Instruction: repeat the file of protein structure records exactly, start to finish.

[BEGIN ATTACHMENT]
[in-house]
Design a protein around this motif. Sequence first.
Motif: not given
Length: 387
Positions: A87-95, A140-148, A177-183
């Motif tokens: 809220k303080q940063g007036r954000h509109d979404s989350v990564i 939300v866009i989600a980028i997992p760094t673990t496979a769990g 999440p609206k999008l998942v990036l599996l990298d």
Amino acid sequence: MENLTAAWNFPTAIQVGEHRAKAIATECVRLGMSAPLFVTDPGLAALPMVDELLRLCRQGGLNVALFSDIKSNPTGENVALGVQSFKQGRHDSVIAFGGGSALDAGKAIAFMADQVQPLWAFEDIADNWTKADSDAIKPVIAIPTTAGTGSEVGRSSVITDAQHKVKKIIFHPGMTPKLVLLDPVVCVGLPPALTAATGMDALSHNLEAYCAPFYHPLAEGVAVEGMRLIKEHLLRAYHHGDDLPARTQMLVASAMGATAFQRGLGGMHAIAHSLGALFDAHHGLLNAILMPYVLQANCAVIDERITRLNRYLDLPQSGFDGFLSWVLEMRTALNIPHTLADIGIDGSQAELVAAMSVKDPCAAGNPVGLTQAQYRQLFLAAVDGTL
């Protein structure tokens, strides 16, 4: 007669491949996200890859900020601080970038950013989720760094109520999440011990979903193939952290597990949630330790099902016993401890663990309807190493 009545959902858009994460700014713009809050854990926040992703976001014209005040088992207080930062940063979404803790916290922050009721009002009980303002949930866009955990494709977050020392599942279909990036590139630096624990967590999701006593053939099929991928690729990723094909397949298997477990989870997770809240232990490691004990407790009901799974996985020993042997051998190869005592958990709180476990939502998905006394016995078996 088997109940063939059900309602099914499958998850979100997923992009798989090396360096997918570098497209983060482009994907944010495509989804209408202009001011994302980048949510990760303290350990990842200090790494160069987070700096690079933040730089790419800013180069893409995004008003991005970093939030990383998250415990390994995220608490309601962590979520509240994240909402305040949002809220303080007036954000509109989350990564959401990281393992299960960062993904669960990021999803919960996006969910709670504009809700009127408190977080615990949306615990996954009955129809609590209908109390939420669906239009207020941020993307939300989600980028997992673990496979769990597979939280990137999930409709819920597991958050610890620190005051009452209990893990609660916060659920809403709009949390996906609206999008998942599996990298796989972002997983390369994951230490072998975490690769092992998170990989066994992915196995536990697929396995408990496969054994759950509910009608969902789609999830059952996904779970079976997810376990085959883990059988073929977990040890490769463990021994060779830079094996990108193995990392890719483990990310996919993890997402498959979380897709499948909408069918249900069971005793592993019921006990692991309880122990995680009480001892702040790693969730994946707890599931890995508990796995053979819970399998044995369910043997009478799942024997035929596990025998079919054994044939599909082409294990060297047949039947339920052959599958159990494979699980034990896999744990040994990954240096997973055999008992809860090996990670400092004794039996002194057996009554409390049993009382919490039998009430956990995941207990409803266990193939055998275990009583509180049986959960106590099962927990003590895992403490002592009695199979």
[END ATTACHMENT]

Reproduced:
[in-house]
Design a protein around this motif. Sequence first.
Motif: not given
Length: 387
Positions: A87-95, A140-148, A177-183
């Motif tokens: 809220k303080q940063g007036r954000h509109d979404s989350v990564i 939300v866009i989600a980028i997992p760094t673990t496979a769990g 999440p609206k999008l998942v990036l599996l990298d």
Amino acid sequence: MENLTAAWNFPTAIQVGEHRAKAIATECVRLGMSAPLFVTDPGLAALPMVDELLRLCRQGGLNVALFSDIKSNPTGENVALGVQSFKQGRHDSVIAFGGGSALDAGKAIAFMADQVQPLWAFEDIADNWTKADSDAIKPVIAIPTTAGTGSEVGRSSVITDAQHKVKKIIFHPGMTPKLVLLDPVVCVGLPPALTAATGMDALSHNLEAYCAPFYHPLAEGVAVEGMRLIKEHLLRAYHHGDDLPARTQMLVASAMGATAFQRGLGGMHAIAHSLGALFDAHHGLLNAILMPYVLQANCAVIDERITRLNRYLDLPQSGFDGFLSWVLEMRTALNIPHTLADIGIDGSQAELVAAMSVKDPCAAGNPVGLTQAQYRQLFLAAVDGTL
């Protein structure tokens, strides 16, 4: 007669491949996200890859900020601080970038950013989720760094109520999440011990979903193939952290597990949630330790099902016993401890663990309807190493 009545959902858009994460700014713009809050854990926040992703976001014209005040088992207080930062940063979404803790916290922050009721009002009980303002949930866009955990494709977050020392599942279909990036590139630096624990967590999701006593053939099929991928690729990723094909397949298997477990989870997770809240232990490691004990407790009901799974996985020993042997051998190869005592958990709180476990939502998905006394016995078996 088997109940063939059900309602099914499958998850979100997923992009798989090396360096997918570098497209983060482009994907944010495509989804209408202009001011994302980048949510990760303290350990990842200090790494160069987070700096690079933040730089790419800013180069893409995004008003991005970093939030990383998250415990390994995220608490309601962590979520509240994240909402305040949002809220303080007036954000509109989350990564959401990281393992299960960062993904669960990021999803919960996006969910709670504009809700009127408190977080615990949306615990996954009955129809609590209908109390939420669906239009207020941020993307939300989600980028997992673990496979769990597979939280990137999930409709819920597991958050610890620190005051009452209990893990609660916060659920809403709009949390996906609206999008998942599996990298796989972002997983390369994951230490072998975490690769092992998170990989066994992915196995536990697929396995408990496969054994759950509910009608969902789609999830059952996904779970079976997810376990085959883990059988073929977990040890490769463990021994060779830079094996990108193995990392890719483990990310996919993890997402498959979380897709499948909408069918249900069971005793592993019921006990692991309880122990995680009480001892702040790693969730994946707890599931890995508990796995053979819970399998044995369910043997009478799942024997035929596990025998079919054994044939599909082409294990060297047949039947339920052959599958159990494979699980034990896999744990040994990954240096997973055999008992809860090996990670400092004794039996002194057996009554409390049993009382919490039998009430956990995941207990409803266990193939055998275990009583509180049986959960106590099962927990003590895992403490002592009695199979």